Saturday, February 16, 2008

AIX Authorization/authentication administration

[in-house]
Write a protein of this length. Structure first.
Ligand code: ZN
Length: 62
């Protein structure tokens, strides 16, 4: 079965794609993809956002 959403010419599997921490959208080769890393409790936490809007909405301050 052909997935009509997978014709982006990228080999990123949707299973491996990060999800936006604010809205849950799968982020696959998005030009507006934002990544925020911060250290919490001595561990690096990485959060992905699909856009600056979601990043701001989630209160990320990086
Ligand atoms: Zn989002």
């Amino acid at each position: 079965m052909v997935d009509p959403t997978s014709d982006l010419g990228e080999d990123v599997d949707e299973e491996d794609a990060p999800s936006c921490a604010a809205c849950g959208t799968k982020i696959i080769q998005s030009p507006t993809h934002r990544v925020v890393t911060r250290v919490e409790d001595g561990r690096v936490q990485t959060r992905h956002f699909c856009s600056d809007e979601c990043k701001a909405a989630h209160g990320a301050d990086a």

Authorization/authentication administration ____Report all password inconsistencies and not fix them: pwdck –n ALL ____Report all password inconsistencies and fix them: pwdck –y ALL ____Report all group inconsistencies and not fix them: grpck –n ALL ____Report all group inconsistencies and fix them: grpck –y ALL ____Browse the /etc/shadow, etc/password and /etc/group file weekly SUID/SGID ____Review all SUID/SGID programs owned by root, daemon, and bin. ____Review all SETUID programs: find / -perm -1000 –print ____Review all SETGID programs: find / -perm -2000 –print ____Review all sticky bit programs: find / -perm -3000 –print ____Set user .profile in /etc/security/.profile Permissions structures ____System directories should have 755 permissions at a minimum ____Root system directories should be owned by root ____Use the sticky bit on the /tmp and /usr/tmp directories. ____Run checksum (md5) against all /bin, /usr/bin, /dev and /usr/sbin files. ____Check device file permissions: ____disk, storage, tape, network (should be 600) owned by root. ____tty devices (should be 622) owned by root. ____/dev/null should be 777. ____List all hidden files in there directories ( the .files). ____List all writable directories (use the find command). ____$HOME directories should be 710 ____$HOME .profile or .login files should be 600 or 640. ____Look for un-owned files on the server: find / -nouser –print. Note: Do not remove any /dev files. ____Do not use r-type commands: rsh, rlogin, rcp and tftp or .netrc or .rhosts files. ____Change /etc/host file permissions to 660 and review its contents weekly. ____Check for both tcp/udp failed connections to the servers: netstat –p tcp; netstat –p udp. ____Verify contents of /etc/exports (NFS export file). ____If using ftp, make this change to the /etc/inetd.conf file to enable logging. ftp stream tcp6 nowait root /usr/sbin/ftpd ftpd –l ____Set NFS mounts to –ro (read only) and only to the hosts that they are needed. ____Consider using extended ACL's (please review the tcb man page). ____Before making network connection collect a full system file listing and store it off-line: ls -Ra -la>/tmp/allfiles.system ____Make use of the strings command to check on files: strings /etc/hosts grep Kashmir Recommendations Remove unnecessary services By default the Unix operating system gives us 1024 services to connect to, we want to parse this down to a more manageable value. There are 2 files in particular that we want to parse. The first is the /etc/services file itself. A good starting point is to eliminate all unneeded services and add services as you need them. Below is a screenshot of an existing ntp server etc/services file on one of my lab servers. # # Network services, Internet style # ssh 22/udp ssh 22/tcp mail auth 113/tcp authentication sftp 115/tcp ntp 123/tcp # Network Time Protocol ntp 123/udp # Network Time Protocol # # UNIX specific services # login 513/tcp shell 514/tcp cmd # no passwords used Parse /etc/rc.tcpip file This file starts the daemons that we will be using for the tcp/ip stack on AIX servers. By default the file will start the sendmail, snmp and other daemons. We want to parse this to reflect what functionality we need this server for. Here is the example for my ntp server. # Start up the daemons # echo "Starting tcpip daemons:" trap 'echo "Finished starting tcpip daemons."' 0 # Start up syslog daemon (for error and event logging) start /usr/sbin/syslogd "$src_running" # Start up Portmapper start /usr/sbin/portmap "$src_running" # Start up socket-based daemons start /usr/sbin/inetd "$src_running" # Start up Network Time Protocol (NTP) daemon start /usr/sbin/xntpd "$src_running" This helps also to better understand what processes are running on the server. Remove unauthorized /etc/inittab entries Be aware of what is in the /etc/inittab file on the AIX servers. This file works like the registry in a Microsoft environment. If an intruder wants to hide an automated script, he would want it launched here or in the cron file. Monitor this file closely. Parse /etc/inetd.conf file This is the AIX system file that starts system services, like telnet, ftp, etc. We also want to closely watch this file to see if there are any services that have been enabled without authorization. If you are using ssh for example this is what the inetd.con file should look like. Because we are using other internet connections, this file is not used in my environment and should not be of use to you. This is why ssh should be used for all administrative connections into the environment. It provides an encrypted tunnel so connection traffic is secure. In the case of telnet, it is very trivial to sniff the UID and password. ## protocol. "tcp" and "udp" are interpreted as IPv4. ## ## service socket protocol wait/ user server server program ## name type nowait program arguments ## Edit /etc/rc.net This is network configuration file used by AIX. This is the file you use to set your default network route along your no (for network options) attributes. Because the servers will not be used as routers to forward traffic and we do not want to use loose source routing at you, we will be making a few changes in this file. A lot of them are to protect from DOS and DDOS attacks from the internet. Also protects from ACK and SYN attacks on the internal network. ################################################################## ################################################################## # Changes made on 06/07/02 to tighten up socket states on this # server. ################################################################## if [ -f /usr/sbin/no ] ; then /usr/sbin/no -o udp_pmtu_discover=0 # stops autodiscovery of MTU /usr/sbin/no -o tcp_pmtu_discover=0 # on the network interface /usr/sbin/no -o clean_partial_conns=1 # clears incomplete 3-way conn. /usr/sbin/no -o bcastping=0 # protects against smurf icmp attacks /usr/sbin/no -o directed_broadcast=0 # stops packets to broadcast add. /usr/sbin/no -o ipignoreredirects=1 # prevents loose /usr/sbin/no -o ipsendredirects=0 # source routing /usr/sbin/no -o ipsrcrouterecv=0 # attacks on /usr/sbin/no -o ipsrcrouteforward=0 # our network /usr/sbin/no -o ip6srcrouteforward=0 # from using indirect /usr/sbin/no -o icmpaddressmask=0 # dynamic routes /usr/sbin/no -o nonlocsrcroute=0 # to attack us from /usr/sbin/no -o ipforwarding=0 # Stops server from acting like a router fi Securing root Change the /etc/motd banner This computer system is the private property of XYZ Insurance. It is for authorized use only. All users (authorized or non-authorized) have no explicit or implicit expectations of privacy. Any or all users of this system and all the files on this system may be intercepted, monitored, recorded, copied, audited, inspected and disclosed to XYZ Insurance's management personnel. By using this system, the end user consents to such interception, monitoring, recording, copying, auditing, inspection and disclosure at the discretion of such personnel. Unauthorized or improper use of this system may result in civil and/or criminal penalities and administrative or disciplinary action, as deemed appropriate by said actions. By continuing to use this system, the individual indicates his/her awareness of and consent to these terms and conditions of use. LOG OFF IMMEDIATELY if you do not agree to the provisions stated in this warning banner. Modify /etc/security/user root: loginretries = 5 – failed retries until account locks rlogin = false – Disables remote herald access to a root shell. Need to su from another UID. admgroups = system minage = 0 – minimum aging is no time value maxage = 4 – maximum aging is set to 30 days or 4 weeks umask = 22 Tighten up /etc/security/limits This is an attribute that should be changed due to a runaway resource hog. This orphaned process can grow to use an exorbinate amount of disk space. To provent this we can set the ulimit value here. default: #fsize = 2097151 fsize = 8388604 – sets the soft file block size to a max of 8 Gig. Variable changes in /etc/profile Set the $TMOUT variable in /etc/profile. This will cause an open shell to close after 15 minutes of inactivity. It works in conjunction with the screensaver, to prevent an open session to be used to either delete the server or worse corrupt data on the server. # Automatic logout, include in export line if uncommented TMOUT=900 4.6.5 Sudo is your friend…. This is a nice piece of code that the system administrators can use in order to allow "root-like" functionality. It allows a non-root user to run system binaries or commands. The /etc/sudoers file is used to configure exactly what the user can do. The service is configured and running on ufxcpidev. The developers are running a script called changeperms in order to tag there .ear files with there own ownership attributes. First we setup sudo to allow root-like or superuser doer access to sxnair. # sudoers file. # # This file MUST be edited with the 'visudo' command as root. # # See the sudoers man page for the details on how to write a sudoers file. # # Host alias specification # User alias specification # Cmnd alias specification # User privilege specification root ALL=(ALL) ALL sxnair,jblade,vnaidu ufxcpidev=/bin/chown * /usr/WebSphere/AppServer/installedApps/* # # # Override the built in default settings Defaults syslog=auth Defaults logfile=/var/log/sudo.log For more details, please see the XYZ Company Insurance Work Report that I compiled, or visit this URL: http://www.courtesan.com/sudo/. Tighten user/group attributes Change /etc/security/user These are some of the changes to the /etc/security/user file that will promote a more heightened configuration of default user attributes at your company. default: umask = 077 – defines umask values – 22 is readable only for that UID pwdwarntime = 7 – days of password expiration warnings loginretries = 5 – failed login attempts before account is locked histexpire = 52 – defines how long a password cannot be re-used histsize = 20 – defines how many previous passwords the system remembers minage = 2 – minimum number of weeks a password is valid maxage = 8 – maximum number of weeks a password is valid maxexpired = 4 – maximum time in weeks a password can be changed after it exp